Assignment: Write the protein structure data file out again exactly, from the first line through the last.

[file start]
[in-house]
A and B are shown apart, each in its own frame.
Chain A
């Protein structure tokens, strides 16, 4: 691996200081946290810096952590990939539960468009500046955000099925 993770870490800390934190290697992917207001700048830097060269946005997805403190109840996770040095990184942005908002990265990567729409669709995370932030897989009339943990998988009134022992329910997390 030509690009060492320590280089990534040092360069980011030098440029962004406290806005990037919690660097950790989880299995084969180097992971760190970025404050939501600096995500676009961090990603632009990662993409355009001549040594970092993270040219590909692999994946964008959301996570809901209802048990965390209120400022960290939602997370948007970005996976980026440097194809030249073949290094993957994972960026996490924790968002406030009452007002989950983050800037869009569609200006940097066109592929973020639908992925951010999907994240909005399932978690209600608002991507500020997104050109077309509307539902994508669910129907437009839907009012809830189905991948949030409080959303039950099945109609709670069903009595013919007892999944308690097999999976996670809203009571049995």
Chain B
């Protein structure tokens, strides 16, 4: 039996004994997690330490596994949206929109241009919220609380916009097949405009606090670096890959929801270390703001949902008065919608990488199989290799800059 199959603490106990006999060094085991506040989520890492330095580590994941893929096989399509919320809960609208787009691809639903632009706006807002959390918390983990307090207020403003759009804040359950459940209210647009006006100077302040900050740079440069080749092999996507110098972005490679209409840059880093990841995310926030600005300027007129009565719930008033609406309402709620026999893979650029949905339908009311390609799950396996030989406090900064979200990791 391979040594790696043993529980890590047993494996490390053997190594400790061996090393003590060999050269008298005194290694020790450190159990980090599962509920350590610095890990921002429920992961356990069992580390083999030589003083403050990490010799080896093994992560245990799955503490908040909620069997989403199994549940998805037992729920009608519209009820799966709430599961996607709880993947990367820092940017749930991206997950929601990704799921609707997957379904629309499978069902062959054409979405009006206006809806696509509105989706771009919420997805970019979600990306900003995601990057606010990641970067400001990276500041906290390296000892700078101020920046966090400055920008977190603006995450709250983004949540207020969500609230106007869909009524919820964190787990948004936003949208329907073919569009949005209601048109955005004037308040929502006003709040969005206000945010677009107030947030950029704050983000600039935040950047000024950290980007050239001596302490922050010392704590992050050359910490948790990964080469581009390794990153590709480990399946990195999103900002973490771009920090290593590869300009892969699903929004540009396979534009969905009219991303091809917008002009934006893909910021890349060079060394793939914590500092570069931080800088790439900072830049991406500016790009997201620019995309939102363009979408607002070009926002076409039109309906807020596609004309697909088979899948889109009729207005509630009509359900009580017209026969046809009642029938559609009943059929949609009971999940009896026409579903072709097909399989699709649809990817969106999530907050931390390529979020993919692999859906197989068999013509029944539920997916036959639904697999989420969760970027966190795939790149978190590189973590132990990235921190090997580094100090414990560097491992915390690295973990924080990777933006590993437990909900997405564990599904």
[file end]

[in-house]
A and B are shown apart, each in its own frame.
Chain A
């Protein structure tokens, strides 16, 4: 691996200081946290810096952590990939539960468009500046955000099925 993770870490800390934190290697992917207001700048830097060269946005997805403190109840996770040095990184942005908002990265990567729409669709995370932030897989009339943990998988009134022992329910997390 030509690009060492320590280089990534040092360069980011030098440029962004406290806005990037919690660097950790989880299995084969180097992971760190970025404050939501600096995500676009961090990603632009990662993409355009001549040594970092993270040219590909692999994946964008959301996570809901209802048990965390209120400022960290939602997370948007970005996976980026440097194809030249073949290094993957994972960026996490924790968002406030009452007002989950983050800037869009569609200006940097066109592929973020639908992925951010999907994240909005399932978690209600608002991507500020997104050109077309509307539902994508669910129907437009839907009012809830189905991948949030409080959303039950099945109609709670069903009595013919007892999944308690097999999976996670809203009571049995």
Chain B
């Protein structure tokens, strides 16, 4: 039996004994997690330490596994949206929109241009919220609380916009097949405009606090670096890959929801270390703001949902008065919608990488199989290799800059 199959603490106990006999060094085991506040989520890492330095580590994941893929096989399509919320809960609208787009691809639903632009706006807002959390918390983990307090207020403003759009804040359950459940209210647009006006100077302040900050740079440069080749092999996507110098972005490679209409840059880093990841995310926030600005300027007129009565719930008033609406309402709620026999893979650029949905339908009311390609799950396996030989406090900064979200990791 391979040594790696043993529980890590047993494996490390053997190594400790061996090393003590060999050269008298005194290694020790450190159990980090599962509920350590610095890990921002429920992961356990069992580390083999030589003083403050990490010799080896093994992560245990799955503490908040909620069997989403199994549940998805037992729920009608519209009820799966709430599961996607709880993947990367820092940017749930991206997950929601990704799921609707997957379904629309499978069902062959054409979405009006206006809806696509509105989706771009919420997805970019979600990306900003995601990057606010990641970067400001990276500041906290390296000892700078101020920046966090400055920008977190603006995450709250983004949540207020969500609230106007869909009524919820964190787990948004936003949208329907073919569009949005209601048109955005004037308040929502006003709040969005206000945010677009107030947030950029704050983000600039935040950047000024950290980007050239001596302490922050010392704590992050050359910490948790990964080469581009390794990153590709480990399946990195999103900002973490771009920090290593590869300009892969699903929004540009396979534009969905009219991303091809917008002009934006893909910021890349060079060394793939914590500092570069931080800088790439900072830049991406500016790009997201620019995309939102363009979408607002070009926002076409039109309906807020596609004309697909088979899948889109009729207005509630009509359900009580017209026969046809009642029938559609009943059929949609009971999940009896026409579903072709097909399989699709649809990817969106999530907050931390390529979020993919692999859906197989068999013509029944539920997916036959639904697999989420969760970027966190795939790149978190590189973590132990990235921190090997580094100090414990560097491992915390690295973990924080990777933006590993437990909900997405564990599904």